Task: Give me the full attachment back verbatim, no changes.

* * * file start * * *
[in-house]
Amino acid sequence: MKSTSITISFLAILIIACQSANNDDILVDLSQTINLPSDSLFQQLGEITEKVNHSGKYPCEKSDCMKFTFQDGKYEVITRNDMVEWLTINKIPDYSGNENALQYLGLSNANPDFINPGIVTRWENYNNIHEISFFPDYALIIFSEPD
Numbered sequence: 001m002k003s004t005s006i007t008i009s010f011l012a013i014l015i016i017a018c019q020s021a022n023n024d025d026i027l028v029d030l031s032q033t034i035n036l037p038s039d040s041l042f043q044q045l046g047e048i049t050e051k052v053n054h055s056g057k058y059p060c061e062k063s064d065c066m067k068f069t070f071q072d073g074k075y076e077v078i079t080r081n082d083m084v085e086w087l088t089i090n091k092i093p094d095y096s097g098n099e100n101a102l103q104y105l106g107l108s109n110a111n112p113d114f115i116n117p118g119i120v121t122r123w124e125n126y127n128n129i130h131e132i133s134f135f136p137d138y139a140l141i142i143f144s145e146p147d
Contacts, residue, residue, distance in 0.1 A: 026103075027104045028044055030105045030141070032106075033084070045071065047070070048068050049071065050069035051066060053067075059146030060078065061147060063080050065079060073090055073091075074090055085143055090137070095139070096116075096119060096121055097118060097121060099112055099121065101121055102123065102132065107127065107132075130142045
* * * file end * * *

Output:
[in-house]
Amino acid sequence: MKSTSITISFLAILIIACQSANNDDILVDLSQTINLPSDSLFQQLGEITEKVNHSGKYPCEKSDCMKFTFQDGKYEVITRNDMVEWLTINKIPDYSGNENALQYLGLSNANPDFINPGIVTRWENYNNIHEISFFPDYALIIFSEPD
Numbered sequence: 001m002k003s004t005s006i007t008i009s010f011l012a013i014l015i016i017a018c019q020s021a022n023n024d025d026i027l028v029d030l031s032q033t034i035n036l037p038s039d040s041l042f043q044q045l046g047e048i049t050e051k052v053n054h055s056g057k058y059p060c061e062k063s064d065c066m067k068f069t070f071q072d073g074k075y076e077v078i079t080r081n082d083m084v085e086w087l088t089i090n091k092i093p094d095y096s097g098n099e100n101a102l103q104y105l106g107l108s109n110a111n112p113d114f115i116n117p118g119i120v121t122r123w124e125n126y127n128n129i130h131e132i133s134f135f136p137d138y139a140l141i142i143f144s145e146p147d
Contacts, residue, residue, distance in 0.1 A: 026103075027104045028044055030105045030141070032106075033084070045071065047070070048068050049071065050069035051066060053067075059146030060078065061147060063080050065079060073090055073091075074090055085143055090137070095139070096116075096119060096121055097118060097121060099112055099121065101121055102123065102132065107127065107132075130142045